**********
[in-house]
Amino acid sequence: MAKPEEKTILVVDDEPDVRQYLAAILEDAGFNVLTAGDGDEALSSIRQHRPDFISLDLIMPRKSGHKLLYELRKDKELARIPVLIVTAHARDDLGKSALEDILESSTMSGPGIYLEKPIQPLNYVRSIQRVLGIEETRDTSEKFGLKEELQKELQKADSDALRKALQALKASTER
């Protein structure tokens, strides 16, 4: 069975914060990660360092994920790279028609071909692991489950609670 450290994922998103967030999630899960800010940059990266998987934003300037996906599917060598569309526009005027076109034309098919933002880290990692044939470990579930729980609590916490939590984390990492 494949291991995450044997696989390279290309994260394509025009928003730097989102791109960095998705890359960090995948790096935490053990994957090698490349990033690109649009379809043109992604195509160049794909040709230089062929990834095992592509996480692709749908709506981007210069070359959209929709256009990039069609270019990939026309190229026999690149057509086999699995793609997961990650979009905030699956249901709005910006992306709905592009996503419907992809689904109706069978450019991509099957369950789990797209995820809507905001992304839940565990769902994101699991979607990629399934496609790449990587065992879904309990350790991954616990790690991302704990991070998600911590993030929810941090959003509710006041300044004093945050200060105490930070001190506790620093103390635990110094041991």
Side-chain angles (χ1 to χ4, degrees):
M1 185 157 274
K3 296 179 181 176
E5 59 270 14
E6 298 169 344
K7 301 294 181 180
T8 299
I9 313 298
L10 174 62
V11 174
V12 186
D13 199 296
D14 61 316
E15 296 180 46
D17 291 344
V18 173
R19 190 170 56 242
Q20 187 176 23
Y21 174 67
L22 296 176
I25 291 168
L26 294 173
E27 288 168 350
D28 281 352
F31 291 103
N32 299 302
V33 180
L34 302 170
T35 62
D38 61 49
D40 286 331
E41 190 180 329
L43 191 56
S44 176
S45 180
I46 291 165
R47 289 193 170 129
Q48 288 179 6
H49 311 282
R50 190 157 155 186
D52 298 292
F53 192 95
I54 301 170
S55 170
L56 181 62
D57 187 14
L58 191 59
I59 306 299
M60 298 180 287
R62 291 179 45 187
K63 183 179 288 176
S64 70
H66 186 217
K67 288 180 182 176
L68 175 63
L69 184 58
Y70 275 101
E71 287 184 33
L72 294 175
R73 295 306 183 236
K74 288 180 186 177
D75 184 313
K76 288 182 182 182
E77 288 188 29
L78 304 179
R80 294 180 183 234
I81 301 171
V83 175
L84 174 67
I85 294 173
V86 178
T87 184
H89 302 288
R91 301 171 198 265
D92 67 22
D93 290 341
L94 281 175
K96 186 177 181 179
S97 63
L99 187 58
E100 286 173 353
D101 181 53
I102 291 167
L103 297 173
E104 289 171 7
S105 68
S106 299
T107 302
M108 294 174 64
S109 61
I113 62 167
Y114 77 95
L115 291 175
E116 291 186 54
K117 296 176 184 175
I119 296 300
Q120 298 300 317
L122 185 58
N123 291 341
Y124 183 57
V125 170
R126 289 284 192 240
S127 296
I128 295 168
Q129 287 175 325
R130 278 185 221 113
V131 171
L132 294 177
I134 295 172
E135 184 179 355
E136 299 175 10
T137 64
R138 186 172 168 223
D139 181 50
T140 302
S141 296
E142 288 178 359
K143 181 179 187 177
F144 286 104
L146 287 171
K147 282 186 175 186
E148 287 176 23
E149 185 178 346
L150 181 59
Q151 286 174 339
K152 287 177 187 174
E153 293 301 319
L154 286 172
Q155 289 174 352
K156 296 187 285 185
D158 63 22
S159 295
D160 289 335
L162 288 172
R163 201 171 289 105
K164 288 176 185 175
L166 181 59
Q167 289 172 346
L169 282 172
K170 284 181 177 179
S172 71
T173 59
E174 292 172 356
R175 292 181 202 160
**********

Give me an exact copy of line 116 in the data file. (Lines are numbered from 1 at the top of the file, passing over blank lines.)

R138 186 172 168 223